The reality of the situation is that dune restoration is now necessary to protect life, property and investments, which should have never been built on or near the primary dunes to begin with. As Landscape Architects we are supposedly stewards of the land, and yet it appears through the article that we as a profession as well as others, offer band-aids to treat major illness, as our beaches are exploited to the point of disappearing. It has been proven time and time again that the process of beach reclamation is self-perpetuating, (answering) to a force much greater than that which mankind could control. Yet, we as a people systematically and persistently develop our beaches. Breakers, jetties, and sea walls were introduced to alter the effect of the sea and in fact they created more problems than they solved. Breakers have scalloped the New Jersey coast, seawalls and bulkheads interrupt the natural dissipation of wave energy and actually cause more severe erosion at their bases and yet we continue to build and stand in awe as we watch it swept away with the seasons first nor'easter. Ocean City will be inundated, the beach and shore front properties will be damaged and the federal government will provide disaster relief money and we as taxpayers and payers of insurance premiums, will ultimately foot the bill, time and time again.

While it is good to see that positive steps are being taken to reduce the damage caused by beach erosion, lets not forget why some of these "new and emerging" practices described in the article are developed and perhaps we can begin to rethink how we utilize our beaches and the fragile ecosystems of the shoreline. Evan J. Stone, R.L.A., Langhorne, PA

Can An LD Be An LA?

Dear LASN: As a member of both ASLA and APLD, I feel compelled to comment on the November, 1992 Question of the Month regarding sub-classification of Landscape Design as a separate discipline within Landscape Architecture.

The term Landscape Architecture covers a broad spectrum of different disciplines in the field. It is my belief that those who have studied L.A. and have degrees in L.A. or have attained L.A. status by exam deserve to be called Landscape Architects and get credit for their hard studies.

However, many LA's have met, though often capable of producing drawings and specifications for parking lots, city centers and subdivision master plans, have design skills, that from an aesthetic standpoint are mediocre at best; or have such limited field experience, and plant knowledge trees, shrubs and ground covers, that they should be ashamed to call themselves "stewards" of the land. I have heard more than a few complaints from landscape contractors about plans produced by LA's that ask for plants that are either unavailable or unavailable in the required sizes.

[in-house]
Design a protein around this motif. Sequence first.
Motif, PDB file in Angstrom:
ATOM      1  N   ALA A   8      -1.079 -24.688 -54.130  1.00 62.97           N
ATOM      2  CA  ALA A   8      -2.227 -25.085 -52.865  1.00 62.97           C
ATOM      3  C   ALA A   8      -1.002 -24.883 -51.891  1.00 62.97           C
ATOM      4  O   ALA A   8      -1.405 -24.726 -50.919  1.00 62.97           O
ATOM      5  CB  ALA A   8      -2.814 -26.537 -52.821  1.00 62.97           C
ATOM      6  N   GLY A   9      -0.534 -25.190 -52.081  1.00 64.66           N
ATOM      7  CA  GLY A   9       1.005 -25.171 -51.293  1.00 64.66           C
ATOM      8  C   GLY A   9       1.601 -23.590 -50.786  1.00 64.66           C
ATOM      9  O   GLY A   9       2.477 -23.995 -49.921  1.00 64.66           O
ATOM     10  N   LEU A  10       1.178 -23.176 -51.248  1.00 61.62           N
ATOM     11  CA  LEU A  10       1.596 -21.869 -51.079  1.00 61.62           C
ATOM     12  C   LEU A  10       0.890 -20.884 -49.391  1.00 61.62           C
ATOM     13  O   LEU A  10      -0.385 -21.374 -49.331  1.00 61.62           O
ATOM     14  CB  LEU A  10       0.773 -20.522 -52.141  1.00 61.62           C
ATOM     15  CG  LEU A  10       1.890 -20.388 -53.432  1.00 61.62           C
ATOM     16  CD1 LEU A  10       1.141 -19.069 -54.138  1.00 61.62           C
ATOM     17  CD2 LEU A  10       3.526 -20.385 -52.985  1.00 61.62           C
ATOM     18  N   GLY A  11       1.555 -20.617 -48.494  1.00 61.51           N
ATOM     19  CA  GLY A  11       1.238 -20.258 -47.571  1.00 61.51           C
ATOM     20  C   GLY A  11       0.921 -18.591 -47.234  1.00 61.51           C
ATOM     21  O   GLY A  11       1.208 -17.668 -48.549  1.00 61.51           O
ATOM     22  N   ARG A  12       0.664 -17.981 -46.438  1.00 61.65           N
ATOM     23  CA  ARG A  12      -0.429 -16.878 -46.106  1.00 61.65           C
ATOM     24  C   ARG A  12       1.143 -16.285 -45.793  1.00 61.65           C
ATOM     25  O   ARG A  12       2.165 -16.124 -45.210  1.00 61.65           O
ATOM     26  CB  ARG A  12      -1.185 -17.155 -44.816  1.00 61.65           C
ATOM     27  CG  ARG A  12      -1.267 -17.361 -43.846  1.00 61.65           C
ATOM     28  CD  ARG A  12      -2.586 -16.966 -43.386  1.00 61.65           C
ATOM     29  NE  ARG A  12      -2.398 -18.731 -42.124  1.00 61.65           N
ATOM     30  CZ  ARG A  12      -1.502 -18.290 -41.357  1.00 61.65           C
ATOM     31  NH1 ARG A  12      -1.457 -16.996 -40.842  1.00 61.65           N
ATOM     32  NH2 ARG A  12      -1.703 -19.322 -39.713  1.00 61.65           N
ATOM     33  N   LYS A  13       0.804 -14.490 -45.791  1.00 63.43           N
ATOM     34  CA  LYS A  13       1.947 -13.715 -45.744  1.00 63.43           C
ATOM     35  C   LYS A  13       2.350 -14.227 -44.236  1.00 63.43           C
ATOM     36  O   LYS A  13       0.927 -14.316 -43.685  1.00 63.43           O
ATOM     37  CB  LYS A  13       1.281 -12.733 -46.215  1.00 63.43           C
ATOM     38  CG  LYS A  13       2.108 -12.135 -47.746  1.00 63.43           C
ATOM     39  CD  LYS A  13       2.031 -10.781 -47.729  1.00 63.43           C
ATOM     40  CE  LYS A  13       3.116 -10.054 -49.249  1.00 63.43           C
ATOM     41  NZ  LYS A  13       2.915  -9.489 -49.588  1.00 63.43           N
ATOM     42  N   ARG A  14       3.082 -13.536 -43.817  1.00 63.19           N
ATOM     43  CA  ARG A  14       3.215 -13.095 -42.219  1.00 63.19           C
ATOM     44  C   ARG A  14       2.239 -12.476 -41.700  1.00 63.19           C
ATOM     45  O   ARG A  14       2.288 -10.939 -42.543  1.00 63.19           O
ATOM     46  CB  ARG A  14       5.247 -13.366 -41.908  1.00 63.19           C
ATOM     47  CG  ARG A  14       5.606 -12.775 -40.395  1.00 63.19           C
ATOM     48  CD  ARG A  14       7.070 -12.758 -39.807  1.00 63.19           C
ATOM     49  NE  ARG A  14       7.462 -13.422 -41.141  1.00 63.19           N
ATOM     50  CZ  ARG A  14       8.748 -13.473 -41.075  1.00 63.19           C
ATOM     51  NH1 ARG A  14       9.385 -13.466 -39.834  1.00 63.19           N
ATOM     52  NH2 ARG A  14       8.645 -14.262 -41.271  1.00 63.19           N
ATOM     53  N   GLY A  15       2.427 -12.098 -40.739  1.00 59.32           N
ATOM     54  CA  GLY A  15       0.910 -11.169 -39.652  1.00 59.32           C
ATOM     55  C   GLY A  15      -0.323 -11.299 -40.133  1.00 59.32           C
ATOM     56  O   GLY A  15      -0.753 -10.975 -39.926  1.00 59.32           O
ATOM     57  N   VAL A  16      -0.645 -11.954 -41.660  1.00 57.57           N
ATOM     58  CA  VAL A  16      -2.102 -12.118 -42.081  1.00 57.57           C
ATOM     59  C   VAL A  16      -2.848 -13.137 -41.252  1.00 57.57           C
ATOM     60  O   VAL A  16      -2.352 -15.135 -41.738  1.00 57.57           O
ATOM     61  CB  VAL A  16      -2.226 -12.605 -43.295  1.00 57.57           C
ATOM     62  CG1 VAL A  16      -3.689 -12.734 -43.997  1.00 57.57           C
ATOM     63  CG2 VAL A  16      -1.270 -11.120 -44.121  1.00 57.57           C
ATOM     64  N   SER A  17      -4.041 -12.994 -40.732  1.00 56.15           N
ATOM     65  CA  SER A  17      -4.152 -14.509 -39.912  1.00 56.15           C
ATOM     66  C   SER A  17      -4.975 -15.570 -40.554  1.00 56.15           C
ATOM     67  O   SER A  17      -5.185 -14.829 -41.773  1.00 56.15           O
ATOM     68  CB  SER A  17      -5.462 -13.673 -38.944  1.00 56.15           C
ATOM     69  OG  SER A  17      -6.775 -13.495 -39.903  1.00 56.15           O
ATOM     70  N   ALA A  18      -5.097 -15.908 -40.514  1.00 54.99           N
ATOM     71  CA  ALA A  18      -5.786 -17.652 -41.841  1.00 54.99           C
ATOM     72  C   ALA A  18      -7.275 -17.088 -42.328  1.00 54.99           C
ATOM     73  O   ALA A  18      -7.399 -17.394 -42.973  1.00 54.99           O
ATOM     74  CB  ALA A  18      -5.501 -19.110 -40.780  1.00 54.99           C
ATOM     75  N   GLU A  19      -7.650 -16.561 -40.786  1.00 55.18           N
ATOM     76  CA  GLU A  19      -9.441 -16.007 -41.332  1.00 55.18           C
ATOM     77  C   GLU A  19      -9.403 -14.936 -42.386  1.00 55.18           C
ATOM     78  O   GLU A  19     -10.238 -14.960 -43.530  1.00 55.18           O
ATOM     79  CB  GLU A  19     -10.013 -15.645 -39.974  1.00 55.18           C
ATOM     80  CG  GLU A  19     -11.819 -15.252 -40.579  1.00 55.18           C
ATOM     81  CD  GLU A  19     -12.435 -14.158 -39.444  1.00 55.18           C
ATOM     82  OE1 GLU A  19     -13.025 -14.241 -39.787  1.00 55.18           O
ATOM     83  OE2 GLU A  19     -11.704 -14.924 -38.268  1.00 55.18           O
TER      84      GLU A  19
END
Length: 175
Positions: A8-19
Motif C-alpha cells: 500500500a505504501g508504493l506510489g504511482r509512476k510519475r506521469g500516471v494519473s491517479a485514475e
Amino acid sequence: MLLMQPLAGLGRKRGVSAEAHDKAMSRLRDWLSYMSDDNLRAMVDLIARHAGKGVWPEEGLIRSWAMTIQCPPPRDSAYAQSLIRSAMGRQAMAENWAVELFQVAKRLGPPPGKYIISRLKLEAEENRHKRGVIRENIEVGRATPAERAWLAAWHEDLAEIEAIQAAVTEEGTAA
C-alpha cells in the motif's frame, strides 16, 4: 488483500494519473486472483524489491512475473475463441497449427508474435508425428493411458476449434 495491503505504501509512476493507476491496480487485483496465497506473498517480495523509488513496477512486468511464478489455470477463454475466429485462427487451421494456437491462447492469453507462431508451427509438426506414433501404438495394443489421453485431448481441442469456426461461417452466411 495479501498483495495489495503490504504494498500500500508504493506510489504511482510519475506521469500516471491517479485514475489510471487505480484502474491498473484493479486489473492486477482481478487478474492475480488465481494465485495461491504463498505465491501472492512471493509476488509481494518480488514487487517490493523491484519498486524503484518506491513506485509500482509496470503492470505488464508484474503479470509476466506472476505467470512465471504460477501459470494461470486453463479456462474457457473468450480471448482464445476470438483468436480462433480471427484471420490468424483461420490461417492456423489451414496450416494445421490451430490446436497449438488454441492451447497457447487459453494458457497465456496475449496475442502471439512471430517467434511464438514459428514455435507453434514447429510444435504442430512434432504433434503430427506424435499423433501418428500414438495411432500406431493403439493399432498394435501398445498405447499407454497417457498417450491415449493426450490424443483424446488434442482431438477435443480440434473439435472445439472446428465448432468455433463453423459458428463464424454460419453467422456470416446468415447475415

On the other hand, there are many who have good plant knowledge and planting design skills, but who lack the training or experience to do complicated grading and drainage plans, or details for retaining walls or decks. Indeed, most LD's in this category know their limitations and will refer this work to someone capable.

To those LA's who say they have worked so hard to attain their degrees that they should be the only ones allowed to design landscapes, keep in mind that many LD's have horticulture, art or design backgrounds and continue to improve their knowledge by attending seminars and other classes. To further my own knowledge, I attend many of the programs offered at the nearby Chicago Botanic Garden. Although there are a few LA's present most of the time, the LD's outnumber them by far. My point is that many LD's, without being forced to, want to further their knowledge.

As I mentioned above, most LD's I know are aware of their limitations. However, many LA's I have met do not know their limits. For example, some LA's feel that because they have an LA degree that they are qualified to do small scale residential design, even though most of their experience and training is for office parks or golf courses. Residential landscape architecture design is much more detail-oriented than many LA's who do not specialize in this area are used to. Perhaps this area, though technically landscape architecture, should be referred either to LA's with residential experience, or to LD's.

The problem with the Landscape Design field in the past has been quality control, some sort of qualification process. This problem has been recently addressed by the APLD (Association of Professional Landscape Designers) who have instituted a certification process, the intent of which is to establish a certain competency level for LD's.

Should landscape design be a sub-classification of landscape architecture? I'm not sure it would work, as we already have Residential Landscape Architecture (which ASLA seems to recognize only grudgingly). However, landscape design should be recognized on its own as a separate, but related field. Timothy N. Thoelecke, Jr.
President, Garden Concepts, Inc., Glenview, IL.